A MESSAGE FROM HONEYWELL
Honeywell's Chief Commercial Officer Jeff Kimbell sits with Futurum's Daniel Newman to talk through the world's emerging trends in innovation, sustainability, tech and markets. Don't miss the insights into Honeywell's latest strategy for 2022!
People are talking
Ex-Microsoft exec Ben Slivka thinks the company is better off without Office and Windows:
- “The right thing probably is to bet the future on the cloud.”
Securities regulators like Joseph Rotunda said crypto investments are a big threat:
- “Be mindful that cryptocurrencies and related financial products may be nothing more than public facing fronts for Ponzi schemes and other frauds.”
Reese Witherspoon wants to know if you’re ready to have a “parallel digital identity” in the future:
- “Avatars, crypto wallets, digital goods will be the norm. Are you planning for this?”
DoorDash CEO and founder Tony Xu is joining Meta’s board.
Will Wilkinson is TBD’s new head of policy. He founded Model Citizen Media.
Elizabeth Holmes' sentencing could happen in September. The government is also dismissing the three counts on which the jury was deadlocked.
Alan Davidson will lead the NTIA. He’ll play a big role in expanding internet access in the U.S.
Julia White is joining BSA’s board. White is SAP’s chief marketing and solutions officer.
Shane Evans is MX’s interim CEO. Ryan Caldwell will step back from the financial data platform into an adviser role.
Svenja Gudell is Indeed Hiring Lab’s new chief economist. Gudell was most recently chief economist at Zillow.
IBM bought Envizi, which offers software for managing emissions and carbon accounting, for an undisclosed amount.
In other news
Amazon workers are getting another union vote. The NLRB set a Feb. 4 date for warehouse workers in Bessemer, Alabama, to decide whether to form a union.
GM is launching a car-buying platform of its own, to compete with Carvana and Vroom. From the cars themselves to the platforms you use to buy them, the auto industry is trying desperately to fight back against tech.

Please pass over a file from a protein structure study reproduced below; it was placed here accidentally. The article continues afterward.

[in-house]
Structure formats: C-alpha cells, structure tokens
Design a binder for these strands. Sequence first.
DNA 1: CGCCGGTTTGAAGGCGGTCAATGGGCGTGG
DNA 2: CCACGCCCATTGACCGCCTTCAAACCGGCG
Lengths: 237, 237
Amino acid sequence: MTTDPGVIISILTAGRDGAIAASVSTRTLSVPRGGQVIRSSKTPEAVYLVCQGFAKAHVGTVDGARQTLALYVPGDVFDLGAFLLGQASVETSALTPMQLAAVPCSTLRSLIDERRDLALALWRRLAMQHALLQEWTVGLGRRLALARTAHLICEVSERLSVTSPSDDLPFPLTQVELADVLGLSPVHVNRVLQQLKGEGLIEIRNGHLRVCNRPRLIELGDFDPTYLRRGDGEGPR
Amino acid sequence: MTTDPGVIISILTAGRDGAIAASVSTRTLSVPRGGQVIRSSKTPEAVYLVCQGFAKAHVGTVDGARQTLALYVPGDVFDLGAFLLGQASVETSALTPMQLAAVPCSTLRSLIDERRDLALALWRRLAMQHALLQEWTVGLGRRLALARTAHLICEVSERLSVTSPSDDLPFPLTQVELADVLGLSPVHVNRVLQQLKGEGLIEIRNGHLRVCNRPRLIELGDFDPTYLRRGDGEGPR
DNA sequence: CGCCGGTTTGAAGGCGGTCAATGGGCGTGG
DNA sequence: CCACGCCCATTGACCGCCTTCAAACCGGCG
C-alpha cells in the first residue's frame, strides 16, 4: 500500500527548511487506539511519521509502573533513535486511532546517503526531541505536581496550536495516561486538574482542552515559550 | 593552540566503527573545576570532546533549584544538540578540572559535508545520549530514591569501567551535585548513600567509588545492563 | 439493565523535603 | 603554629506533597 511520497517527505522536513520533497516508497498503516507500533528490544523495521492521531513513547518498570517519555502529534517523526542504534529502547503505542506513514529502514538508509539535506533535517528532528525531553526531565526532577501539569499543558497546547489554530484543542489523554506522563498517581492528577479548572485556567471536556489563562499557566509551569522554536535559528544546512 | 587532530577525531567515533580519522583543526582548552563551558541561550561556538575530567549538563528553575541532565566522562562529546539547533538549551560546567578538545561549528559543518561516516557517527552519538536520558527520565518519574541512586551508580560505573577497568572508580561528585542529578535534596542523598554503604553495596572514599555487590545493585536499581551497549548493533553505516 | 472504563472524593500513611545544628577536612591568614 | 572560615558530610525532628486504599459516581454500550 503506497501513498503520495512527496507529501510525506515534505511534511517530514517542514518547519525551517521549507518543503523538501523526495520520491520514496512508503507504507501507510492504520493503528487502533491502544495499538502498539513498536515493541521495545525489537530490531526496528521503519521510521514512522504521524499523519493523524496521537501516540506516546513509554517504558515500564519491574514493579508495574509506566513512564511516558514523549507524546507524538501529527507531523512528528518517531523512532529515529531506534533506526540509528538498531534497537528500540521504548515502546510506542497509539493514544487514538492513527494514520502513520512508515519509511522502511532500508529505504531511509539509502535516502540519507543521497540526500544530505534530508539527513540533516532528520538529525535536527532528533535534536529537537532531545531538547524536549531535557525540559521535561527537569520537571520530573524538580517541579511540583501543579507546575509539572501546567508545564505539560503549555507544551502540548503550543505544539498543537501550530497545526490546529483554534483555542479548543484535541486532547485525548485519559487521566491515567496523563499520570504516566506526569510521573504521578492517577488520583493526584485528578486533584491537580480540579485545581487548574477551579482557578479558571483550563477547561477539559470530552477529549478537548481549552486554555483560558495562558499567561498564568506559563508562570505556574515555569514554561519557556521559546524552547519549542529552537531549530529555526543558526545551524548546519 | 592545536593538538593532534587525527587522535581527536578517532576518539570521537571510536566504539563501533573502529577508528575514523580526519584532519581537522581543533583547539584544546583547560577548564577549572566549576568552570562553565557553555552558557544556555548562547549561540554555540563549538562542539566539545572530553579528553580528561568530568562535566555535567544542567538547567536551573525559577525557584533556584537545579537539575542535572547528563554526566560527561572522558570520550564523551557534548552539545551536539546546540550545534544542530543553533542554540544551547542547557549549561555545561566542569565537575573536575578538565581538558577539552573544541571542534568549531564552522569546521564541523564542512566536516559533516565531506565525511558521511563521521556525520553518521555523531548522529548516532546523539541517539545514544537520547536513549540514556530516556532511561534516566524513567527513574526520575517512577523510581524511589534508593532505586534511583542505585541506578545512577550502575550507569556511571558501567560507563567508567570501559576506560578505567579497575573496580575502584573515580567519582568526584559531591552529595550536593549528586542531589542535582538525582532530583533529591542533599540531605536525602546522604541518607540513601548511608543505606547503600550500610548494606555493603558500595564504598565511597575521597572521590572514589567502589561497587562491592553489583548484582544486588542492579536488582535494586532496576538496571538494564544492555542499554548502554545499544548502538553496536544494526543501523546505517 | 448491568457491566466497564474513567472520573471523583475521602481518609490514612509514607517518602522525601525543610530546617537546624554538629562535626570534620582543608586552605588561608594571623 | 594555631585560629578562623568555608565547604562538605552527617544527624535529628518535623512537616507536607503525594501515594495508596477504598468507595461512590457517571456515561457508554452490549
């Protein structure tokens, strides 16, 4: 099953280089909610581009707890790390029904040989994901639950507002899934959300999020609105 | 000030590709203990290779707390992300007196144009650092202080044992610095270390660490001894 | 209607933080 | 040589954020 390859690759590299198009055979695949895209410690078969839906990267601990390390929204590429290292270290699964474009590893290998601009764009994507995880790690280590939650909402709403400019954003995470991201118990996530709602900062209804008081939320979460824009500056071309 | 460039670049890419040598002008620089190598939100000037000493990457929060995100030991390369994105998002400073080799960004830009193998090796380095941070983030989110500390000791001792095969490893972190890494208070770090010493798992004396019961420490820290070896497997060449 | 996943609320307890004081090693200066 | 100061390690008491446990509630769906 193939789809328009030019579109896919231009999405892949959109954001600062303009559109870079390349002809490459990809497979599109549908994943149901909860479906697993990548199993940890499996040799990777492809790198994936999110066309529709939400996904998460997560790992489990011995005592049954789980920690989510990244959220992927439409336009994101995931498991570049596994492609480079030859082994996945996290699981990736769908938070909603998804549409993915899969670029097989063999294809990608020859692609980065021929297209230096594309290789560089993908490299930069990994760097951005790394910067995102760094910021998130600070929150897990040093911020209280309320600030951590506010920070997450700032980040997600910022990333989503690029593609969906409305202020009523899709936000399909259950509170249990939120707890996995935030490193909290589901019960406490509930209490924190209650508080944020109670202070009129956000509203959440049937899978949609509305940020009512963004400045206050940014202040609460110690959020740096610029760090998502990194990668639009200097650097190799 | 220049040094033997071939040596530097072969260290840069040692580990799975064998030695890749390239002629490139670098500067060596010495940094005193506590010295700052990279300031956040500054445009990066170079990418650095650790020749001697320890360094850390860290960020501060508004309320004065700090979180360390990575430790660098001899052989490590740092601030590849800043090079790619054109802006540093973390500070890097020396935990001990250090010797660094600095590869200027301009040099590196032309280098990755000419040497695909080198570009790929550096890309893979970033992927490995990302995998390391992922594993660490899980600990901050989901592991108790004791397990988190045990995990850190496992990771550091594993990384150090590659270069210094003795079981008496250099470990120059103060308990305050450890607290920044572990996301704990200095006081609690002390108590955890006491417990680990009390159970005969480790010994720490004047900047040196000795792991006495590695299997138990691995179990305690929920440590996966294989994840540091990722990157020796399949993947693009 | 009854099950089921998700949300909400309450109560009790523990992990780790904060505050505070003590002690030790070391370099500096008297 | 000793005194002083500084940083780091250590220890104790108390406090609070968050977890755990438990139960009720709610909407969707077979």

A small nonprofit is helping employees bring their workplace problems to light. It’s called Lioness, and it’s run by two women who offer pro bono legal advice and other help for workers who reach out about their issues at work.
The FTC’s antitrust lawsuit against Meta is going ahead. A federal judge rejected the company’s motion to toss the complaint.
Everyone loves working at Nvidia and HubSpot, according to Glassdoor’s best places to work in 2022. Dozens of other tech companies made the ranking as well. Meta was a big loser this year, dropping from #11 to #47.
Truth Social probably won’t launch anytime soon. Donald Trump’s social network is supposed to launch by the end of February, but sources told The Washington Post that it’s still quite far from being operational.
Apple will allow third-party payments in South Korea. South Korea passed a bill over the summer to regulate Apple and Google rules on outside payment methods.
Facebook rejected dozens of ads about women’s sexual health, according to a report from The Center for Intimacy Justice. The platform turned down ads from businesses focused on topics like pregnancy and menstrual health.
Tech lobbying groups think lawmakers are acting too fast on an antitrust bill. The groups are arguing that the Senate is rushing legislation that would prevent big platforms from prioritizing their own products.
The Wordle Thieves
Wordle started as an innocent word game created by software engineer Josh Wardle for his partner. Now, its name and idea are being taken and reused for a profit.
Replicating ideas is pretty common in mobile gaming, and relatively anonymous developers usually make copies and profit in some way, Protocol’s Nick Statt wrote. As they say, imitation is the highest form of flattery — but while Wardle may not mind the copycat, it’s still not cool.